In the tradition of Stephen Sondheim's Tony-winning 'Into The Woods' or more modern fare like 'Wicked', TV's 'Once Upon a Time' and this summer big-screen 'Maleficent', Street Theatre Company's executive artistic director Cathy Street and co-writer Elaina Shaver have created a new take on an old favorite with 'Behind the Mirror: A Tale of Snow White and Rose Red'. Street, who also wrote the music for the show, brings a uniqueness to her fairy tale redo by casting the entire show with youngsters, as Street Theatre's youth troupe, Class Act culminates their summer program with this production. That's right, a fresh look at a fairy tale presented by fresh faces. To Street & Shaver's credit, and that of the show's director Deanna Glasser and musical director Erica Lee Haines,they're also presenting the faces of the future of musical theatre in Nashville.
First made popular as a Grimm Brothers fairy tale, the original story of Snow White and Rose Red was completely different from that of Snow White of Disney's now-classic animated tale. Street and her co-writer Elaina Shaver have taken elements of both Snow White tales and blended them together, adding elements of other such favorite fairy tales as Sleeping Beauty, to create a truly unique retelling.
Street & Shaver's tale of two sisters born to the beautiful Queen Briar Rose (Cameron Sheppard) begins as the Queen is about to marry Malthorn (Andrew Palmer), who had been the Queen's late husband's confidant. At his father's side for the nuptials is Malthorn's kind son Benevol (Ezra Solano). As the Town Crier (Carrington Pitts) and the rest of the townspeople ready for a wedding via the show's first musical number 'Glorious Day for a Wedding', young Rose Red (Laura Carpenter) exhibits uneasiness about the pending union.
When the wedding concludes, young Snow White (Zakyra McKinney) and Rose Red vow to always look out for each other in the sentimental and touching 'My Other Half'. These two young ladies, along with Sheppard and Pitts prove themselves to be some of the best vocalist in the show. I'm confident Nashville audiences will be seeing much more of all four of them.
As the story continues, Malthorn's true plan is revealed. Come on, with a name like Malthorn, he's destined to be the bad guy. Palmer plays the villain with just enough cheekiness that he reinforces the fact that sometimes it's good to be bad.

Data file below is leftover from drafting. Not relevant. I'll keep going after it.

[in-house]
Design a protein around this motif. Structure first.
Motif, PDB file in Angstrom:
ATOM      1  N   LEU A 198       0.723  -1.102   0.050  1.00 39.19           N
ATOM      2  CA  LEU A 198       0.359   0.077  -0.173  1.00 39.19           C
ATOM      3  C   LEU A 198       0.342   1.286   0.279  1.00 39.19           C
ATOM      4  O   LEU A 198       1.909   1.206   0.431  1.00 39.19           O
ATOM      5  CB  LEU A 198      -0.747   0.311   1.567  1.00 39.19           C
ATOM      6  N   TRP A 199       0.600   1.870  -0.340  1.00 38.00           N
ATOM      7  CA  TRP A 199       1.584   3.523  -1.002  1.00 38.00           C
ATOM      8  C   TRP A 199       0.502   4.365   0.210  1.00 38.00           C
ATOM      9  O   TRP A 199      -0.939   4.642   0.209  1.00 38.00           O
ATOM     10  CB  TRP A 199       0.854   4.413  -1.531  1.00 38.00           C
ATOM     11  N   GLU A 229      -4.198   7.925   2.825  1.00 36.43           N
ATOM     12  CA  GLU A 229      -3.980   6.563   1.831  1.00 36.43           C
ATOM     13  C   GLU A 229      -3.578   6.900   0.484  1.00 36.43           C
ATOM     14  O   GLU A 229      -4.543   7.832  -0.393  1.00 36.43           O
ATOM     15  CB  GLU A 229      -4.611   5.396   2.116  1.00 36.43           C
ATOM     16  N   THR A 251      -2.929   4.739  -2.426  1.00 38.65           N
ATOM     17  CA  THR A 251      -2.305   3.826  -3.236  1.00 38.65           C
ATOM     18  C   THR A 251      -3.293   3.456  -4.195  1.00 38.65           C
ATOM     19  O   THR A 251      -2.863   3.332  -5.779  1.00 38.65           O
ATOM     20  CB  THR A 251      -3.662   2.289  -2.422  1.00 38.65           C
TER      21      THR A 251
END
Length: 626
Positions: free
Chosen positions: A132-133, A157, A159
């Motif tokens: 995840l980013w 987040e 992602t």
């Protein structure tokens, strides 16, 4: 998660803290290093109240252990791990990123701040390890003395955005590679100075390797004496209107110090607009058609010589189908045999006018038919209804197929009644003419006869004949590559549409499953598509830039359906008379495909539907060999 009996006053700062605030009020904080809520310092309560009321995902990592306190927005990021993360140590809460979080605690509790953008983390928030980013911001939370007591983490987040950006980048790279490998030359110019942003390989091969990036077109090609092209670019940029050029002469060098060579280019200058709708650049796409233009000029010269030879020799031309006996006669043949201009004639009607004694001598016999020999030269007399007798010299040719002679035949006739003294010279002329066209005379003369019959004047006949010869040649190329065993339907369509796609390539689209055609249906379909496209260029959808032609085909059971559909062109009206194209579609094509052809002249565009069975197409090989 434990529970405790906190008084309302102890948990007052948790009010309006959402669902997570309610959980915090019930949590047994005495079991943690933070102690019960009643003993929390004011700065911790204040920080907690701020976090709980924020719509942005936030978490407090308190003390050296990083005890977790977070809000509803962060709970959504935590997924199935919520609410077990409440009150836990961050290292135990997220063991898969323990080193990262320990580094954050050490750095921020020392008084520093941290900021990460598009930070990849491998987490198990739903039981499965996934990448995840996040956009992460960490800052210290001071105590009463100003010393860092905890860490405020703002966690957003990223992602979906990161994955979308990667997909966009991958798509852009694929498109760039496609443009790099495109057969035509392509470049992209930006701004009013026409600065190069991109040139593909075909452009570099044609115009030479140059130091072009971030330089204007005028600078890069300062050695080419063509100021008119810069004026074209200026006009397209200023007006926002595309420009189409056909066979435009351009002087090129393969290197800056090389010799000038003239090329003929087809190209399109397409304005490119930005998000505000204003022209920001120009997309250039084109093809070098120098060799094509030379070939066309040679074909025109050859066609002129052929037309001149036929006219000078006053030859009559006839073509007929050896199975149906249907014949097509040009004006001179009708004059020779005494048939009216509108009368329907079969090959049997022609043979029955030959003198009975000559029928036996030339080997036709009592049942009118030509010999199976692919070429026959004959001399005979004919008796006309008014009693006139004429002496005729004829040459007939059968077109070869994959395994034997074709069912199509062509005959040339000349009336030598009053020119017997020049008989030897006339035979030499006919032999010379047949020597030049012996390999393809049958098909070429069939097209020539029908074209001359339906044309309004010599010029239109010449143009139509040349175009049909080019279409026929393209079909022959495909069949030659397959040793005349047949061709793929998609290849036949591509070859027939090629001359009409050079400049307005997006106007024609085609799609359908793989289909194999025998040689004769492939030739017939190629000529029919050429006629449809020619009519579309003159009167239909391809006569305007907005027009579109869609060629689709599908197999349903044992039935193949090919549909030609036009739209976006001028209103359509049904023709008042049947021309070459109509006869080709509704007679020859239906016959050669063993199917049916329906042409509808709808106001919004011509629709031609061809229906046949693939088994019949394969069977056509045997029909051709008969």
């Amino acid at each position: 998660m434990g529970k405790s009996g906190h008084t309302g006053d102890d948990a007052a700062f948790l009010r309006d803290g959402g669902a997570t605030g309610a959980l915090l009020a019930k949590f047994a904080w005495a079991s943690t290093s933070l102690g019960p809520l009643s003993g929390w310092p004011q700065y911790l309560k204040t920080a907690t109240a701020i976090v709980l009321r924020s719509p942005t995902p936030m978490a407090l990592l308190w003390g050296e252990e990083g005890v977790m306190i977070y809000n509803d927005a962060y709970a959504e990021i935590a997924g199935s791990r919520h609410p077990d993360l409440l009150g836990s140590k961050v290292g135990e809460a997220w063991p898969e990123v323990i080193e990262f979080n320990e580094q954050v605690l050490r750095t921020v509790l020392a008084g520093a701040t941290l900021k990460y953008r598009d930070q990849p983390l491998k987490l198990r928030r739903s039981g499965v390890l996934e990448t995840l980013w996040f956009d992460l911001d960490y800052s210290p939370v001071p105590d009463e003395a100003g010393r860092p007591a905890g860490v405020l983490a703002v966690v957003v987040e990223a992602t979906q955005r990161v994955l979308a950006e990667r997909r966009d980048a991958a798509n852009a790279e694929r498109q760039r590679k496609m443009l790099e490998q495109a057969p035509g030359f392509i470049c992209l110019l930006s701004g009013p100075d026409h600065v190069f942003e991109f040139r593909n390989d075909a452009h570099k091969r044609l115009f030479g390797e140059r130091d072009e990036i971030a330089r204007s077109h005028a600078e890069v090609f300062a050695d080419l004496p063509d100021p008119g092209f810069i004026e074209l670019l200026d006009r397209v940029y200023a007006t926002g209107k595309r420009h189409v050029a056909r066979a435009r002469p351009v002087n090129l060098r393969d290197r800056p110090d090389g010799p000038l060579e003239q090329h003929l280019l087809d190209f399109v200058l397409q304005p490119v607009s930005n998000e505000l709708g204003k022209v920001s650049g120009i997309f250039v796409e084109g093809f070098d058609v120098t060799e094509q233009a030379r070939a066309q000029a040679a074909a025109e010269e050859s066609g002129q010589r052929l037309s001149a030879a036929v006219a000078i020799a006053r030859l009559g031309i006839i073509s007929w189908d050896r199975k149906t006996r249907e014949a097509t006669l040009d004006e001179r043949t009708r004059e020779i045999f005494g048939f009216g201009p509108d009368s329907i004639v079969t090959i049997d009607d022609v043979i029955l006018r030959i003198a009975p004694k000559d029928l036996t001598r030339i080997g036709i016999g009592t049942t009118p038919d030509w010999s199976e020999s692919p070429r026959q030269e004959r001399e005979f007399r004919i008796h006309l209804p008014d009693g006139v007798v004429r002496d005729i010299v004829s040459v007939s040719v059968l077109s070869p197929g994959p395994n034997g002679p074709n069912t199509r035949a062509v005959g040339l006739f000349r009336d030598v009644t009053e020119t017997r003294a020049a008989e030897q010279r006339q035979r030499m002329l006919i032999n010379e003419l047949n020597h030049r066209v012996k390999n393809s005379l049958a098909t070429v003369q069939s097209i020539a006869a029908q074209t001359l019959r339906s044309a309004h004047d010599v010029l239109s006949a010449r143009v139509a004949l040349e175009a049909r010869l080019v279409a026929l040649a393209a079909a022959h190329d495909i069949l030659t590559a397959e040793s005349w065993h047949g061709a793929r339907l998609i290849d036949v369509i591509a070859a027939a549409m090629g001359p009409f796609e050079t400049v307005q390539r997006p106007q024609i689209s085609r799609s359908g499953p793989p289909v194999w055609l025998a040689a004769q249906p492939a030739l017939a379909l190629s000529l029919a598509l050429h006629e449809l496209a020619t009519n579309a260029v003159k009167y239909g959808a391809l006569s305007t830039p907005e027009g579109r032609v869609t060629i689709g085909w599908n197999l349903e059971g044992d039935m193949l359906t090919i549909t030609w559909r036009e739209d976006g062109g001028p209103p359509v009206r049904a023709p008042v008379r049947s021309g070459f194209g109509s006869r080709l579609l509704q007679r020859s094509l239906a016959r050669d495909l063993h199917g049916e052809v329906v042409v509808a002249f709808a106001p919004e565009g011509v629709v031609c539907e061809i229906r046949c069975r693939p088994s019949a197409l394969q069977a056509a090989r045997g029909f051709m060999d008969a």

Throughout the show, hints as to what will occur come in the form of the magic mirror. Kudos to Theresa Odeor for literally bringing the mirror cleverly to life courtesy of gold and silver costumes worn by the Mirror (Sarah Hanson, Riya Jain and Rachael Wooley). The recitations by these young ladies was truly spell-binding. If I could have pianist Randy Craft follow me around and play the enchanted music that accompanies the Mirror's premonitions, my life would be simply magical.
Mixing both familiar Snow White stories comes to full bloom with the introduction of The Seven Dwarves during a sing-songy hide-and-seek number 'Ring-A-Levio'. Street and Shaver perfectly perfectly capture the fun of the dwarves with this scene. For 'Behind the Mirror', the dwarves are perfectly played by Hannah Buttrey as Bashful, Presley Gibbs as Happy, Reagan Gibbs as Dopey, Neve Glasser as Sneezy, Abbie Love as Sleepy, Reyna Sands as Grumpy and Edward Owens, Jr. as Doc. Each of these kids is a delight to watch. My grand-nieces Mia and Micah easily pointed out which of the dwarves these talented, funny kids was playing even before the obligatory role call: a testament to sinking your teeth into your role.
What's a fairy tale without woodland creatures. To that end, Charlie Conrad, Lyris Conrad, Sami Germain, Isabella Hunze & Iris Loewl flitter about from time to time as magical fairies.
As the play reaches it's mid-point, the plot thickens when a tragedy befalls the kingdom. A clever passage of time also occurs midway through as Snow White and Rose Red grow into beautiful young women. It is at this point that Paige Glasser and Jordan Mackey take on the roles of the sisters as Snow White and Rose Red respectively. The passage of time also sees Carson Wood step into the role of Benvol. Glasser has the look of a young Ann Hathaway circa The Princess Diaries, while Mackey raven hair makes her the perfect classic Princess with just a bit of vim and vigor to outsmart the bad guys. As for Wood, he's perfectly charming as our young hero. His violin serenade is a pleasantly unexpected highlight of the second act.
More plot twists and turns reveal themselves, including a familial detail linking our villain to the aforementioned Maleficent, a new take on the enchanted apple, a blossoming romance and an unwanted wedding. Like all great fairy tales, fear not, good wins out in the end, and thanks to Street and Shaver's creativity, it's an enchanting evening from start to finish.
'Behind the Mirror: A Tale of Snow White and Rose Red' continues with matinee performances Saturdays at 2 p.m. and evening performances Fridays and Saturdays thru Saturday, July 26 at Street Theatre Company (1933 Elm Hill Pike, Nashville, TN 37210. CLICK HERE to purchase tickets or for more information.
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